Each charging station has a sign with a QR code on it, which takes users to a page that explains how to charge a non-Tesla. And each station had a Magic Dock, so EV drivers could charge at any location.

But the Supercharger’s short cord and the location of the Lucid’s charge port (between the driver’s door and front wheel) presented some challenges.

Photo: Alex Knizek/Consumer Reports Photo: Alex Knizek/Consumer Reports

“Initially I parked normally, just pulling up to the charger, but the cord did not reach at all,” Alex recounted. “I got back in and inched the car forward, nearly touching the large bollard that was located in front of the charger to protect it. Having my dad there to tell me when to stop was the only way to get close enough.”

Even then, the cord was so taut that he was concerned he would break the Lucid’s charge port. He eventually performed a major charging faux pas by parking parallel to the charger and blocking access to two other chargers. (Fortunately, no other drivers in need of a charge pulled up while Alex was there.)

Tesla acknowledges this on its FAQ, saying “Certain Supercharger site layouts may not be suitable for some cars. Please do not obstruct other cars by parking over the lines if the cable cannot comfortably reach your car.”

Photo: Alex Knizek/Consumer Reports Photo: Alex Knizek/Consumer Reports

After finally plugging in, the system worked without any hiccups. But it wasn’t nearly as fast as a Tesla could charge.

“I was limited to 49kW on all charge attempts, both with and without preconditioning the battery,” Alex said. “I suspect this is a result of Lucid’s 900-volt charging system, which can only accept 50kW from older, legacy 400-volt charging networks.” Lucid claims that under ideal conditions, the Air can add 200 miles of range in about 12 minutes of charging. It would have taken well over an hour to add the same amount of range at that 49 kW rate.

Most current DC fast chargers are 800- to 1,000-volt systems, and are more compatible with the Lucid, while Tesla’s current Superchargers output around 500V. Although more super-high-voltage cars like the Lucid will come in the future, most EVs currently for sale and on the road are based on 400 volt systems and should charge at a similar rate on a Tesla Supercharger as they would on other charging networks.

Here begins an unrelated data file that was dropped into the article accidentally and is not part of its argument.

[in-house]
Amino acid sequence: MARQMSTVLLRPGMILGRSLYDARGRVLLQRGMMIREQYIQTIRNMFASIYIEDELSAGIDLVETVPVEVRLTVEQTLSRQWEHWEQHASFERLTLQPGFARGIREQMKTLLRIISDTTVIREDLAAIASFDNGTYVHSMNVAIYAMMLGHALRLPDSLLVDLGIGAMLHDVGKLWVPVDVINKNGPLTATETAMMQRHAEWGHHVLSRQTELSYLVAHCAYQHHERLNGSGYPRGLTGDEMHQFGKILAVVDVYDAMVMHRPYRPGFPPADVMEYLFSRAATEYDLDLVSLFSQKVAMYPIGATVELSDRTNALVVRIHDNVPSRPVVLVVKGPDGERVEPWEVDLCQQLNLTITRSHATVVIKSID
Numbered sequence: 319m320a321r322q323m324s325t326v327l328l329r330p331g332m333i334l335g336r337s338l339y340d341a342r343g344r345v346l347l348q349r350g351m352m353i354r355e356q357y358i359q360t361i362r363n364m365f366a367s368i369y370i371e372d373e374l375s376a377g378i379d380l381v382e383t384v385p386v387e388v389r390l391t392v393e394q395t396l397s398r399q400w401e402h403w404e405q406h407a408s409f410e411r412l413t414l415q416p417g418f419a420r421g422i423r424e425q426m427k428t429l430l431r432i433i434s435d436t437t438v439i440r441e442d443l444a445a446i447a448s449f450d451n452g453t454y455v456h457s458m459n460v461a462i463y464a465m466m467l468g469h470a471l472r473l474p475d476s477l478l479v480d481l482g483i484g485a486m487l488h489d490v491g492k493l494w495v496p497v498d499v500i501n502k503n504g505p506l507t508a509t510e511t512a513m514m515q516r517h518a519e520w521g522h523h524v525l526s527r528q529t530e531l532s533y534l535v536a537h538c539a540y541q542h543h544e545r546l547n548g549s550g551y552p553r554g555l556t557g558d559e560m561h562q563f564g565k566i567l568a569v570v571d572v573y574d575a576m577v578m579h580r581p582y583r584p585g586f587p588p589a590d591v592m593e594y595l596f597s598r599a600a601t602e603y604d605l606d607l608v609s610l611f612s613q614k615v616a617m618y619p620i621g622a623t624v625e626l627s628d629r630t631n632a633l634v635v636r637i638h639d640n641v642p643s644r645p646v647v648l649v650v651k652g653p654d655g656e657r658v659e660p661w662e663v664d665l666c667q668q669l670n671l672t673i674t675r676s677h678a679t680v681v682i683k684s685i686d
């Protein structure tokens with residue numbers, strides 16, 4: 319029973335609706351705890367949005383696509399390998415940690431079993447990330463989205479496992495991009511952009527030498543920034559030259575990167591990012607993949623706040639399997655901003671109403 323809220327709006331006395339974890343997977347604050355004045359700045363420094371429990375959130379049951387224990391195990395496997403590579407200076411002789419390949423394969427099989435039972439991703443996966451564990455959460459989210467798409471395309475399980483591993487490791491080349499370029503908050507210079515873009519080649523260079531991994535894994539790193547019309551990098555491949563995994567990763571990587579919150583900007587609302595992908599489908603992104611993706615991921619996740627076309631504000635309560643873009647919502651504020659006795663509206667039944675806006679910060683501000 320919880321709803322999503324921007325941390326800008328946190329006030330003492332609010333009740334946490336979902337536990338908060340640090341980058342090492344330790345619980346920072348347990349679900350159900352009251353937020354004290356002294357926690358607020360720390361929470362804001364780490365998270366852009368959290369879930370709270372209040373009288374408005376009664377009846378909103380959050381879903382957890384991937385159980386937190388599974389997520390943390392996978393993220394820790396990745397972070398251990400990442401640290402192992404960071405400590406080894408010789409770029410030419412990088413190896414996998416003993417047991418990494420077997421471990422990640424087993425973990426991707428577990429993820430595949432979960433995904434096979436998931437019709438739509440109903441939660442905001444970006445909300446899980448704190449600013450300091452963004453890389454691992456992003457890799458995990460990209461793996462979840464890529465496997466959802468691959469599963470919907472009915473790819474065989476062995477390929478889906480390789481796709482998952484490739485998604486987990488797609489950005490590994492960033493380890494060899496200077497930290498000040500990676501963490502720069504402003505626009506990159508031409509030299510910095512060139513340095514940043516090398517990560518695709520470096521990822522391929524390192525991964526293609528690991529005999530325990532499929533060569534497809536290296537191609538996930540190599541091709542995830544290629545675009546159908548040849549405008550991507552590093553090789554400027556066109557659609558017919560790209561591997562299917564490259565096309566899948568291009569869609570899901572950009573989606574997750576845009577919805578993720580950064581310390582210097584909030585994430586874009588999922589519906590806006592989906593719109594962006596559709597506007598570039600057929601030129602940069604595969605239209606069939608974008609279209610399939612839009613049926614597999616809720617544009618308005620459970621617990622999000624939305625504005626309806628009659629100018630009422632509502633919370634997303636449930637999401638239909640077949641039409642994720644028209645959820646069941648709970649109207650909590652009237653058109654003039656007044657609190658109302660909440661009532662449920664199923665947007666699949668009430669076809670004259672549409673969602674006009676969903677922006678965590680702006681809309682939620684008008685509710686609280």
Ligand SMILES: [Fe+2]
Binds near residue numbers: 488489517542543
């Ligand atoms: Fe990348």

Photo: Alex Knizek/Consumer Reports Photo: Alex Knizek/Consumer Reports

Location: 1 Starr Ridge Road, Brewster, N.Y.Distance from ATC: 79 milesCharging fee: $0.49/kWh

Located near the junction of Interstates 84 and 684, this Supercharger sat behind a small shopping center with a Dunkin’ and a Sherwin-Williams paint store. There was only a gas station within walking distance, and drivers charging late at night could feel isolated, especially after the Dunkin’ closed.

Our experience getting hooked up mirrored what Alex experienced with the Lucid Air. Both the EV6 and EQE have their charge ports on the passenger-side rear, and they’re fairly close to the back of the car. But because the Supercharger cables are oriented on the right side of the charger and too short to reach the ports on the left side of the car, we had to park in the next space over rather than the one that corresponded to the charger. For example, to use charging station 1A you have to park in the space for station 1B—to the right of 1A—in order for the cable to reach. This effectively blocks 1B from being used by any Tesla, though a non-Tesla can potentially use it . . . by parking in space 1C.

The EV6 Alex drove would not charge on the first station he hooked up to. There were no issues accessing the charge plug and connecting to the car. We heard a series of clicks and other noises as the charging station and the car’s onboard charger communicated. The EV6 even made its standard “charging started” announcement. But within about 30 seconds a fault would appear on the app, and charging would stop.

This happened a few times, so we moved the car to a different charging station, which worked flawlessly. The Mercedes-Benz I was driving also connected without any problem and began charging on the first attempt.